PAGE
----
by Joan Hanawi
When I returned to the US from Ecuador, I didn’t understand why no one wanted to kiss me.
I was dumbfounded at the realization that my native United States felt like a foreign land upon return from spending time abroad. To me, the best part about traveling has always been experiencing a small slice of someone else’s life and sometimes, if you’re lucky, you even get to take a little bit of that lifestyle home with you. But I had taken a different lifestyle home with me and found that it didn’t fit into the home to which I was returning.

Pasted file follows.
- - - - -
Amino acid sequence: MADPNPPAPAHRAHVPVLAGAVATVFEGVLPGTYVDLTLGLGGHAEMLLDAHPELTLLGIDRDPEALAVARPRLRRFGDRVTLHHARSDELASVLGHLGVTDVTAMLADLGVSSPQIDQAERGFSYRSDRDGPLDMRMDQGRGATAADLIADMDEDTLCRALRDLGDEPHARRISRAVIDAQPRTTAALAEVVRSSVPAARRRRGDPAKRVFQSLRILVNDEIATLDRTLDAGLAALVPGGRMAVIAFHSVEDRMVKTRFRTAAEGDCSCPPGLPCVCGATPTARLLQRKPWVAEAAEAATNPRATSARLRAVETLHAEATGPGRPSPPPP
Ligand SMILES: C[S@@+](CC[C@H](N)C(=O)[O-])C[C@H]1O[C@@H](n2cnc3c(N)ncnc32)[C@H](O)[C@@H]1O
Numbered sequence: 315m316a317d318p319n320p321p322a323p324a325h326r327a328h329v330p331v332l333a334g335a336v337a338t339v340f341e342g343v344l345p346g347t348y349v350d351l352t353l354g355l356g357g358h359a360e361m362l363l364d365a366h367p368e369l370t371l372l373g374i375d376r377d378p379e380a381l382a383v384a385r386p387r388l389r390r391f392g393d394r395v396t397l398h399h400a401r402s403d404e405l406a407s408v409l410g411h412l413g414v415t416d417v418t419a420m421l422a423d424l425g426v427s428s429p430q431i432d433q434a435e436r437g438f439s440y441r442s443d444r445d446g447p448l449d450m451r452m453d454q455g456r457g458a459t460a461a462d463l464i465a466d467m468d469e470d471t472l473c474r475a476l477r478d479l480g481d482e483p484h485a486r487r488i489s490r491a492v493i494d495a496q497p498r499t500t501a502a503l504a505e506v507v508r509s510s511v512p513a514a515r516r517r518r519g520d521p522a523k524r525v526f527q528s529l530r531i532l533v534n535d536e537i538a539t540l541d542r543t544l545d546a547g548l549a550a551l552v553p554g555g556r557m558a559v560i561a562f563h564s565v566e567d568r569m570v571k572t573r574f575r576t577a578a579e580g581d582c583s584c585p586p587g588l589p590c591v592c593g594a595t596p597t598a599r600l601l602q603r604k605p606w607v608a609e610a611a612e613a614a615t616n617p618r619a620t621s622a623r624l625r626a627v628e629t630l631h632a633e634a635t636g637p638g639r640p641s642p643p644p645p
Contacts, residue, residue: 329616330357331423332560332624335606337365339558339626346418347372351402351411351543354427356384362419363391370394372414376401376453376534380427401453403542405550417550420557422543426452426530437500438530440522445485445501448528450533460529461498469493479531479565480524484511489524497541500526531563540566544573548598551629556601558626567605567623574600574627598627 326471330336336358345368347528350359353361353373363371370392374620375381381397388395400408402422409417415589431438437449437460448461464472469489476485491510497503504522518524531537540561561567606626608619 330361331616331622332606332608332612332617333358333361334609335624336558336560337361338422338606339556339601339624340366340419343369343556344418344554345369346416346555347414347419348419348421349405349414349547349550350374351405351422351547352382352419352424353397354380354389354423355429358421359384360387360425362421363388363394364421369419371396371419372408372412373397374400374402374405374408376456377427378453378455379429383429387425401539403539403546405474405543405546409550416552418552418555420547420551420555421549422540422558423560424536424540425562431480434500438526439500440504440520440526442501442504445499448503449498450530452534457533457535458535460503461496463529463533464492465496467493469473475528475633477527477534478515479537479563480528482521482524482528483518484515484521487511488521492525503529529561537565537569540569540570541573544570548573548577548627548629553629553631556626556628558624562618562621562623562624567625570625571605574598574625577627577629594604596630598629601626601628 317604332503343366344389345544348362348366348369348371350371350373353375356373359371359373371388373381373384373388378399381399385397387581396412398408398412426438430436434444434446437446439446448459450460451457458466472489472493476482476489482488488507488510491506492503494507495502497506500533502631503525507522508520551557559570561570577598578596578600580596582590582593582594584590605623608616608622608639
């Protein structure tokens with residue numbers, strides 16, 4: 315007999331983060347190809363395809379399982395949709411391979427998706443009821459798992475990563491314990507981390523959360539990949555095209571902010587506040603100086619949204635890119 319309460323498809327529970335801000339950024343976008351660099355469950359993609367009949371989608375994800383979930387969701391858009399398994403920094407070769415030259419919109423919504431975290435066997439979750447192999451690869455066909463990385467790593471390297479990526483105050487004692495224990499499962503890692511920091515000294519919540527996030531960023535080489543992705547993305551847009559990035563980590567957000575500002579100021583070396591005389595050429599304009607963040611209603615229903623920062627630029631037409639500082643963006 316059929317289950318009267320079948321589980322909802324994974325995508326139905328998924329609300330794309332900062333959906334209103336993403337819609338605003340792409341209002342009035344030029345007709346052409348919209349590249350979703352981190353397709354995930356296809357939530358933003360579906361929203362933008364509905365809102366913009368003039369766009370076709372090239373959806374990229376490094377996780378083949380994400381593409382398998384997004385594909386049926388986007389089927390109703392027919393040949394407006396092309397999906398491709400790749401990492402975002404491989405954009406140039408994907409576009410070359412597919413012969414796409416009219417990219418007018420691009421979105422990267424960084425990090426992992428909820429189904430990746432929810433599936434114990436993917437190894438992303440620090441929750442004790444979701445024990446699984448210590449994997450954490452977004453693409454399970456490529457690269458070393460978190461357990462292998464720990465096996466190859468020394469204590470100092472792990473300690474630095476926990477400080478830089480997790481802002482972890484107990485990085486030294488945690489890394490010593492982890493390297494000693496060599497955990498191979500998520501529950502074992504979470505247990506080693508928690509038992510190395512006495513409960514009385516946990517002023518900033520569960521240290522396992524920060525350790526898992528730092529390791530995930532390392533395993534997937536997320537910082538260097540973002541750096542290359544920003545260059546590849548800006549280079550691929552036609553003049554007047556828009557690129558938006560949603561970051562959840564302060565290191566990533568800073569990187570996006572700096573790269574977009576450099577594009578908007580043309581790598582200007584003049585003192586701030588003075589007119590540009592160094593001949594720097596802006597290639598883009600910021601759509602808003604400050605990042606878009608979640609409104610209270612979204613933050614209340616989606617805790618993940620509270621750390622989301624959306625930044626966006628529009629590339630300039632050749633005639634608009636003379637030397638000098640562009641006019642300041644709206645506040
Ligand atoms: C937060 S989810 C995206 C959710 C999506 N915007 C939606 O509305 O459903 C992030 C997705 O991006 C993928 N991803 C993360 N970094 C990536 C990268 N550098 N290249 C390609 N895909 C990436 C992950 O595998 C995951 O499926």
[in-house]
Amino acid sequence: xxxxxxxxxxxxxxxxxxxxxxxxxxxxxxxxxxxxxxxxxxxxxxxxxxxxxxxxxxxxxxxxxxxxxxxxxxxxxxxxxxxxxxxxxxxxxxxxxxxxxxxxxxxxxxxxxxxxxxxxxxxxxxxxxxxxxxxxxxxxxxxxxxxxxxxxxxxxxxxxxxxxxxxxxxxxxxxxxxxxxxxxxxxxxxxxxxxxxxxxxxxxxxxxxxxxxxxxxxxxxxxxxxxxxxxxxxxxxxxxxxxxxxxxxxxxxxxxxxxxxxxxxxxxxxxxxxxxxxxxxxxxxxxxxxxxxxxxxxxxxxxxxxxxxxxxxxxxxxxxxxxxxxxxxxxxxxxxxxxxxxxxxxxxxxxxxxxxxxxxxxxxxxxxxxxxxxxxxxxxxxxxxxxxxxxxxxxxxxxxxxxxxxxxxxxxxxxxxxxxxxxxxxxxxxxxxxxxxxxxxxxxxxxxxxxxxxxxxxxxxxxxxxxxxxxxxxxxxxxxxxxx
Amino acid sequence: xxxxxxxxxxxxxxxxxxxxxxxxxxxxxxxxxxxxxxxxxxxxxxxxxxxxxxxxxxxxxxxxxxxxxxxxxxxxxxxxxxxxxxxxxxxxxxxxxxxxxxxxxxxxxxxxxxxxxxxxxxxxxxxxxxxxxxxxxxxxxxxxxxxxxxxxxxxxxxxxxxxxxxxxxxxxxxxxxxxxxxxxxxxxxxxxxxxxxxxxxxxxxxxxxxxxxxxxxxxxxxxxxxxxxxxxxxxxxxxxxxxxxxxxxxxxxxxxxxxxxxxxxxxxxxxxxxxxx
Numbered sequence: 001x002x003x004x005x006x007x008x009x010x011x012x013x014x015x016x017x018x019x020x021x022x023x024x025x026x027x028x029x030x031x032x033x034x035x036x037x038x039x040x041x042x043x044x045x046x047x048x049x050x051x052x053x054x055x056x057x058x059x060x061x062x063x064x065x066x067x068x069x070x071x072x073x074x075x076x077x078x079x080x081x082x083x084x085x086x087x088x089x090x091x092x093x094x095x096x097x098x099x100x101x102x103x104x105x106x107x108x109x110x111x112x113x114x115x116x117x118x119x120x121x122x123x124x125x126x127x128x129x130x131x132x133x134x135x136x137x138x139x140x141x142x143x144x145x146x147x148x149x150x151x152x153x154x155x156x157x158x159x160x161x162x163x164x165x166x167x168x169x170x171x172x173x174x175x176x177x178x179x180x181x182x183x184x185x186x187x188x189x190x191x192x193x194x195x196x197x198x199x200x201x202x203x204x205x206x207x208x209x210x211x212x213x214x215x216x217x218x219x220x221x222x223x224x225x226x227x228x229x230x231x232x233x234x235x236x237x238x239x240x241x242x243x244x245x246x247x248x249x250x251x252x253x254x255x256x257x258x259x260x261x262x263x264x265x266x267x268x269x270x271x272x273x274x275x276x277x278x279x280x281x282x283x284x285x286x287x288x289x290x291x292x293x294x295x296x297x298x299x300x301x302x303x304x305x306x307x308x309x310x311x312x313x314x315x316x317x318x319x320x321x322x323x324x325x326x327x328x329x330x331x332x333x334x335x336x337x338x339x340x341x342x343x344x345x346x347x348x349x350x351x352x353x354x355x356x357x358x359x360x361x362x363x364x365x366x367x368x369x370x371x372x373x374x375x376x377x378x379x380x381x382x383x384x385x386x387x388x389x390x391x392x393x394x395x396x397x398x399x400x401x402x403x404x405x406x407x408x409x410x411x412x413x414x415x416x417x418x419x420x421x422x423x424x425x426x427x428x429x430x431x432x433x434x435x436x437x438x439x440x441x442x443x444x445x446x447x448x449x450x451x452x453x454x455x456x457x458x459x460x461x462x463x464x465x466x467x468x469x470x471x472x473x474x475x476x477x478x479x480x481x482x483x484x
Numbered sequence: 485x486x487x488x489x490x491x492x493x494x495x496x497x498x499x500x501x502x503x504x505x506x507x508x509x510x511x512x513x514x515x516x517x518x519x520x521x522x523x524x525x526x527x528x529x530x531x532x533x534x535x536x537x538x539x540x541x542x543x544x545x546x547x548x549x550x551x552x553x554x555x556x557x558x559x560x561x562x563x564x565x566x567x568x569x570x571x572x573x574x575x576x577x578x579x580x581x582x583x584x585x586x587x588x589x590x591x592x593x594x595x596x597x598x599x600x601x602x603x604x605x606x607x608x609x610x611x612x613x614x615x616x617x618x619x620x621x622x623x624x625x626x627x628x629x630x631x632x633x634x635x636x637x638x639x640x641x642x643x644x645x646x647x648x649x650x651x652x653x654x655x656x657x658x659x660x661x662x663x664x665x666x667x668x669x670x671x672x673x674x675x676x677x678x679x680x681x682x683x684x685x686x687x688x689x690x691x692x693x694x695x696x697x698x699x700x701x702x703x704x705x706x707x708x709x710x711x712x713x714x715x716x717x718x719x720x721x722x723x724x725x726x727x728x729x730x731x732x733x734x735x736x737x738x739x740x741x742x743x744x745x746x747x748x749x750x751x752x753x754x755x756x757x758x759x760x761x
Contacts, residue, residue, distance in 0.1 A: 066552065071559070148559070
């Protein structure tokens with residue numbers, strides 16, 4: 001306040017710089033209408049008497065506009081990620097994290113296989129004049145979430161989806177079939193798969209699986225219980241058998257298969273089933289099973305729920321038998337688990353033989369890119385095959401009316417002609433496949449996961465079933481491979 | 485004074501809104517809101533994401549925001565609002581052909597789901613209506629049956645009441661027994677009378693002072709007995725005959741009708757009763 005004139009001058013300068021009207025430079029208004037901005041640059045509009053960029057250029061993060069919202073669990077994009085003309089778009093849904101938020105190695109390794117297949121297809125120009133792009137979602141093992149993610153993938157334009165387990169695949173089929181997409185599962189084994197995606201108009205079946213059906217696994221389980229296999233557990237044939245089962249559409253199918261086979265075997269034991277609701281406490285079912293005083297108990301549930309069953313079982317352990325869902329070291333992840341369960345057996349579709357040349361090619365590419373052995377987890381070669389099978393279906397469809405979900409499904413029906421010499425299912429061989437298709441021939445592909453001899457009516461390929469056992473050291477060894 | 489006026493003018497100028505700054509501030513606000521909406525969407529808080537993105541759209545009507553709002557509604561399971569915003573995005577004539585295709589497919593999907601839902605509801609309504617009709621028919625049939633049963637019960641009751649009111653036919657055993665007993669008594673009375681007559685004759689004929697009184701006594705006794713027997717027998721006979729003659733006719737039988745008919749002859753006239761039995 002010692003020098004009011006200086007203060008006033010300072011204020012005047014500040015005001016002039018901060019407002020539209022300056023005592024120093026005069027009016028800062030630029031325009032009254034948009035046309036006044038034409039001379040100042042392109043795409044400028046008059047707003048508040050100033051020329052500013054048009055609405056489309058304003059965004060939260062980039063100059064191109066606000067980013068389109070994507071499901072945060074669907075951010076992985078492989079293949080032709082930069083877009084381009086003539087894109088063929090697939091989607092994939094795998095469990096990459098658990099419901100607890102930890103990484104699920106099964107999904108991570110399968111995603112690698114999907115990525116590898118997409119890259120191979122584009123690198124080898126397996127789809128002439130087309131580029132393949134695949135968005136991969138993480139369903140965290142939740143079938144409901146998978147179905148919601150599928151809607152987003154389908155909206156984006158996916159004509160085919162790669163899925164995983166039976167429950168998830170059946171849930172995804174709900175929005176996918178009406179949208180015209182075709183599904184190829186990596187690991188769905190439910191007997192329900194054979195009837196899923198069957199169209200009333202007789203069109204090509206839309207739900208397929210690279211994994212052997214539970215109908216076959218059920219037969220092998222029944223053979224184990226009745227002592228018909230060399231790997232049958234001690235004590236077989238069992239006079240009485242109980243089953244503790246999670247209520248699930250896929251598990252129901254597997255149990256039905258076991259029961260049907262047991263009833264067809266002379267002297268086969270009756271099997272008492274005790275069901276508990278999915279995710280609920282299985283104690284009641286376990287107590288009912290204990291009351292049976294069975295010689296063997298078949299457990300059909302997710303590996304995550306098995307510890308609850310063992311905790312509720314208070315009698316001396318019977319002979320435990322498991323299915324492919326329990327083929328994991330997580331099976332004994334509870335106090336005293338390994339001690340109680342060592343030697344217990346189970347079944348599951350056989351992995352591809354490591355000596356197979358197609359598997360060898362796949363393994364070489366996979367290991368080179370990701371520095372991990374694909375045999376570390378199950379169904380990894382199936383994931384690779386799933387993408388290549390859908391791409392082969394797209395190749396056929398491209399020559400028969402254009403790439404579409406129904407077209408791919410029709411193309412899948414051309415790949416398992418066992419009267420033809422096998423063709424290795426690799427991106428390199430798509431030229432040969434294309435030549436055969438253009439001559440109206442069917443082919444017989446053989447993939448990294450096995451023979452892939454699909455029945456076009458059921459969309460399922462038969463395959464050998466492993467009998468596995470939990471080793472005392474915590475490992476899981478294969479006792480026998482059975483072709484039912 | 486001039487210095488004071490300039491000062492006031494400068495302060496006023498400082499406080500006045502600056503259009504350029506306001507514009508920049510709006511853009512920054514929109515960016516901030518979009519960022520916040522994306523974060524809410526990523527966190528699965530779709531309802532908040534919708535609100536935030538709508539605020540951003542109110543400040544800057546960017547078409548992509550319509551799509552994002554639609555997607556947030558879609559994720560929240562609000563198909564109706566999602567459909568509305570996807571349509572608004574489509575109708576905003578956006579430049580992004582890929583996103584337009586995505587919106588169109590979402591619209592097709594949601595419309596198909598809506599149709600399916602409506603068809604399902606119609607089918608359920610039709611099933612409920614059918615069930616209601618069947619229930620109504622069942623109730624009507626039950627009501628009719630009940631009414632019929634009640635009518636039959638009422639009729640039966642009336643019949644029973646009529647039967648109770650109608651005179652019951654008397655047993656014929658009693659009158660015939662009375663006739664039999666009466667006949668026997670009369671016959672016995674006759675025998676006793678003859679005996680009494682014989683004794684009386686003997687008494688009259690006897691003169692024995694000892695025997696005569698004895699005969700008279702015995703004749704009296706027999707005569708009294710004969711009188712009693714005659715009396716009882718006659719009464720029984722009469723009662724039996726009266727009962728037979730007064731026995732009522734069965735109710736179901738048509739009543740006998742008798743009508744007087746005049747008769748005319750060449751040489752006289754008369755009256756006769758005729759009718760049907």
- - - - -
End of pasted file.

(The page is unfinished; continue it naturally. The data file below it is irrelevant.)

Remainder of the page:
As a Global Citizen Year Fellow stationed in Ecuador, I had grown so accustomed to the affectionate way that Ecuadorians often greeted one another with a quick kiss on the cheek. After spending a year living there, I found it second nature to lean in for a peck rather than extend a hand in greeting. Throughout my time in the country, this was just one of the many aspects of Ecuadorian culture that I not only cherished, but also quickly embraced as part of my daily routine. However, when I attempted to carry over traits from my Ecuadorian life into my Californian life, there were clashes. When I leaned in to greet a Californian friend with a kiss on the cheek, they often recoiled in confusion. Needless to say, after quite a few muddled, awkward reunions with friends, I realized that this wasn’t working.